and the indirect lead on to each other in turn.
The bordering States, if any, will be those who, under the impulse of sudden irritation, and a quick sense of apparent interest or injury, will be most likely, by direct
violence, to excite war with these nations; and nothing can so effectually obviate that danger as a national government, whose wisdom and prudence will not be diminished by the passions which actuate the parties immediately interested.
But natural selection can and does often produce structures for the direct
injury of other species, as we see in the fang of the adder, and in the ovipositor of the ichneumon, by which its eggs are deposited in the living bodies of other insects.
And they shall make a List of all the Persons voted for, and of the Number of Votes for each; which List they shall sign and certify, and transmit sealed to the Seat of the Government of the United States, directed
to the President of the Senate.
Captain Bonneville now directed
his course up along Bear River; amusing himself, occasionally, with hunting the buffalo, with which the country was covered.
The vice-King will occupy the village and cross by its three bridges, advancing to the same heights as Morand's and Gibrard's divisions, which under his leadership will be directed
against the redoubt and come into line with the rest of the forces.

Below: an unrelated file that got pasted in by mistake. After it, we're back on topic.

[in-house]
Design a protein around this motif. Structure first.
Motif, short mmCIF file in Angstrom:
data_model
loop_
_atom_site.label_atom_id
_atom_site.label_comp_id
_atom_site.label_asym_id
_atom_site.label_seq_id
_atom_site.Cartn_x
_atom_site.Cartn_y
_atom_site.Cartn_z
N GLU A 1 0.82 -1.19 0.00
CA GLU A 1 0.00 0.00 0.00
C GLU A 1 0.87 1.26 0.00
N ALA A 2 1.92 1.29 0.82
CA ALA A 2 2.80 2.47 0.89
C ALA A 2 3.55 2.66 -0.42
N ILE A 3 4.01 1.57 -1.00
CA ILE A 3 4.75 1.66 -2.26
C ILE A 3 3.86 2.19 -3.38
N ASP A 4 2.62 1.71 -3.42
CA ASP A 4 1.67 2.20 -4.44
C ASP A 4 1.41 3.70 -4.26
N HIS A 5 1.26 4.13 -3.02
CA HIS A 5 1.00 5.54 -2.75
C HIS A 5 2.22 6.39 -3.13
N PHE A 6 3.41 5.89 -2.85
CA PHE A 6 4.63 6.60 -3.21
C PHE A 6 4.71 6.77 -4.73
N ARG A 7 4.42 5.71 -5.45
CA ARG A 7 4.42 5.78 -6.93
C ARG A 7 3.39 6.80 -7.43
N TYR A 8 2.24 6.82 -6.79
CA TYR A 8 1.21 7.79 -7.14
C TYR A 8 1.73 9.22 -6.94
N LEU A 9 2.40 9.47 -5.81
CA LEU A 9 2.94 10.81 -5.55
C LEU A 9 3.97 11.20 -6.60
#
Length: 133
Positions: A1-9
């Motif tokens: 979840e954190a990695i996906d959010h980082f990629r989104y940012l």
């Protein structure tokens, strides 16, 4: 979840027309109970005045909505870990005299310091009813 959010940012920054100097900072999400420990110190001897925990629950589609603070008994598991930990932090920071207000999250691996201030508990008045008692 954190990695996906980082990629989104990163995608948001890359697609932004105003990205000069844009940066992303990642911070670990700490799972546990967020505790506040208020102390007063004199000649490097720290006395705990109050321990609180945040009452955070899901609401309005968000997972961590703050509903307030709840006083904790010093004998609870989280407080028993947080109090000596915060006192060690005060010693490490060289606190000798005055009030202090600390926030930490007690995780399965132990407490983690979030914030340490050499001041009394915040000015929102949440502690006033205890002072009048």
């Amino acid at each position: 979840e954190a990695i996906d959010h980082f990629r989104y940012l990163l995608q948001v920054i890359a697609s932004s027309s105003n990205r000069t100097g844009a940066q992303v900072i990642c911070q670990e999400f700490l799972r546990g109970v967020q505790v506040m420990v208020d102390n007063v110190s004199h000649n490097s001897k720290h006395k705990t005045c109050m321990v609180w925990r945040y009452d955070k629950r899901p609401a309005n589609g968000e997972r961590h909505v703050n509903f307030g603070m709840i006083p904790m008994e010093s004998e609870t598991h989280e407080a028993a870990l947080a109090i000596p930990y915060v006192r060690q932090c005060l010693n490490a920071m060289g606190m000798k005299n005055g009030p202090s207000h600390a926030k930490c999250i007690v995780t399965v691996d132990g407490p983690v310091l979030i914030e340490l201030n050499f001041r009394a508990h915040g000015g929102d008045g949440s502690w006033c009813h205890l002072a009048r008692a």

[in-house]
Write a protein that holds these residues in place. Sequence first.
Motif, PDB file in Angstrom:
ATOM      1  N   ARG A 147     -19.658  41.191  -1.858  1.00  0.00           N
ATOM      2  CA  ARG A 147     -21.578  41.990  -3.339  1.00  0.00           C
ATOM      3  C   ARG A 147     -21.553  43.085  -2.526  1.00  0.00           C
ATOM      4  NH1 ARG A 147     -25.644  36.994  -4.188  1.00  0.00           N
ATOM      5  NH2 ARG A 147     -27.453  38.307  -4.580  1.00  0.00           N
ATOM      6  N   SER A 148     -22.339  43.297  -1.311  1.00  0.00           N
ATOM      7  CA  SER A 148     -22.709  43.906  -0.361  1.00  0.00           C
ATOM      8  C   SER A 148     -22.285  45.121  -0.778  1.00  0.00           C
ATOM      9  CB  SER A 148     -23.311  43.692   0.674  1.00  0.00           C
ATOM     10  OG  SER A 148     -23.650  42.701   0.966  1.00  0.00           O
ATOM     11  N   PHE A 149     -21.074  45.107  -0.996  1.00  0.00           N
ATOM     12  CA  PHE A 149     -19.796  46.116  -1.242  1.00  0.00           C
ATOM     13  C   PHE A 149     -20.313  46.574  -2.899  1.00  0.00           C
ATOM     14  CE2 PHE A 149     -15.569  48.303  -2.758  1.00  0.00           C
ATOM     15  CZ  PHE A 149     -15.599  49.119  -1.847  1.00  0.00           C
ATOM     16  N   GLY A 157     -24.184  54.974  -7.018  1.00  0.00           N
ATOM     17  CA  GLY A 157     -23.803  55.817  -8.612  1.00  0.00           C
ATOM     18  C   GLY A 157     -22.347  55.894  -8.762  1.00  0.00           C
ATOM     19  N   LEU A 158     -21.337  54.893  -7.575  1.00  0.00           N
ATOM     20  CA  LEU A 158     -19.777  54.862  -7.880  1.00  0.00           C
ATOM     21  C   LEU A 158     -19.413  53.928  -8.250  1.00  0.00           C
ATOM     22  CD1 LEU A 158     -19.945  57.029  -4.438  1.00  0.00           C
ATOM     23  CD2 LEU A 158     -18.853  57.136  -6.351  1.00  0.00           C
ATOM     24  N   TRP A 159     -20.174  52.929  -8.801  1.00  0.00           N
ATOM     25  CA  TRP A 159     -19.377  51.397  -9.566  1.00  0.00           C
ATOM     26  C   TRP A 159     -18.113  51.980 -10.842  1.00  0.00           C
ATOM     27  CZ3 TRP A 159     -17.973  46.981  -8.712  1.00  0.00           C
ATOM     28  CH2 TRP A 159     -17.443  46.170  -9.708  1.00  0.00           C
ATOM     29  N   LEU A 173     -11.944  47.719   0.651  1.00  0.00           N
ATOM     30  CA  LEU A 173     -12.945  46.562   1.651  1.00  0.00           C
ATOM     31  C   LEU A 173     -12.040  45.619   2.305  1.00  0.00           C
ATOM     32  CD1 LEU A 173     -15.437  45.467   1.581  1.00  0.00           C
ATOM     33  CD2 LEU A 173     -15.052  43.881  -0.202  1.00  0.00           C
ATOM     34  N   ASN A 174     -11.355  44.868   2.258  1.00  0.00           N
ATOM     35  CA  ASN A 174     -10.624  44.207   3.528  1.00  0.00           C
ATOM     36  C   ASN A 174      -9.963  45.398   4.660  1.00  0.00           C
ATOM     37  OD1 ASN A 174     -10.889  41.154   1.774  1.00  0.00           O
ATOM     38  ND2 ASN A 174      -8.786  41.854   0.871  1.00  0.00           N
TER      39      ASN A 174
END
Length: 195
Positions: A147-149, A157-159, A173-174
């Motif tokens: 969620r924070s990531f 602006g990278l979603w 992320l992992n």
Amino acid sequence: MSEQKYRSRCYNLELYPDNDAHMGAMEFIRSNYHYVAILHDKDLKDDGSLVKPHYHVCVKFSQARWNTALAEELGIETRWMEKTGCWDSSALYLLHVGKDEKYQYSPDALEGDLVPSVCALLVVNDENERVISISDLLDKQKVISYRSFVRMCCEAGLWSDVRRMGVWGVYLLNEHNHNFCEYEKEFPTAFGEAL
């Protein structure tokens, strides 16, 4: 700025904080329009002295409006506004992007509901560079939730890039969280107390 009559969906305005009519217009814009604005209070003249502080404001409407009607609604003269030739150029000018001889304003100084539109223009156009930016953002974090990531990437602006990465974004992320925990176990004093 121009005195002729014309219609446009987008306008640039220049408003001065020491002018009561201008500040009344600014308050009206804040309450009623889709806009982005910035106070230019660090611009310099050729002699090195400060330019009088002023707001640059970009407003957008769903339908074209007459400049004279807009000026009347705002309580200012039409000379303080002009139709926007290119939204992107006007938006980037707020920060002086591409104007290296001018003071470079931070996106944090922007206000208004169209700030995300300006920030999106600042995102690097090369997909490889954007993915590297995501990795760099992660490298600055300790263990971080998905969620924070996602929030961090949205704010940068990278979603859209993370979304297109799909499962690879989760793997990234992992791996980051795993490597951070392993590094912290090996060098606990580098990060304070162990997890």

He first cast anchor at Botany Bay, visited the Friendly Isles, New Caledonia, then directed
his course towards Santa Cruz, and put into Namouka, one of the Hapai group.
Moody mentioned the name and directed
Nor, at the time, had it failed to enter his monomaniac mind, that all the anguish of that then present suffering was but the direct
issue of a former woe; and he too plainly seemed to see, that as the most poisonous reptile of the marsh perpetuates his kind as inevitably as the sweetest songster of the grove; so, equally with every felicity, all miserable events do naturally beget their like.
It was the best of times, it was the worst of times, it was the age of wisdom, it was the age of foolishness, it was the epoch of belief, it was the epoch of incredulity, it was the season of Light, it was the season of Darkness, it was the spring of hope, it was the winter of despair, we had everything before us, we had nothing before us, we were all going direct
to Heaven, we were all going direct
the other way--in short, the period was so far like the present period, that some of its noisiest authorities insisted on its being received, for good or for evil, in the superlative degree of comparison only.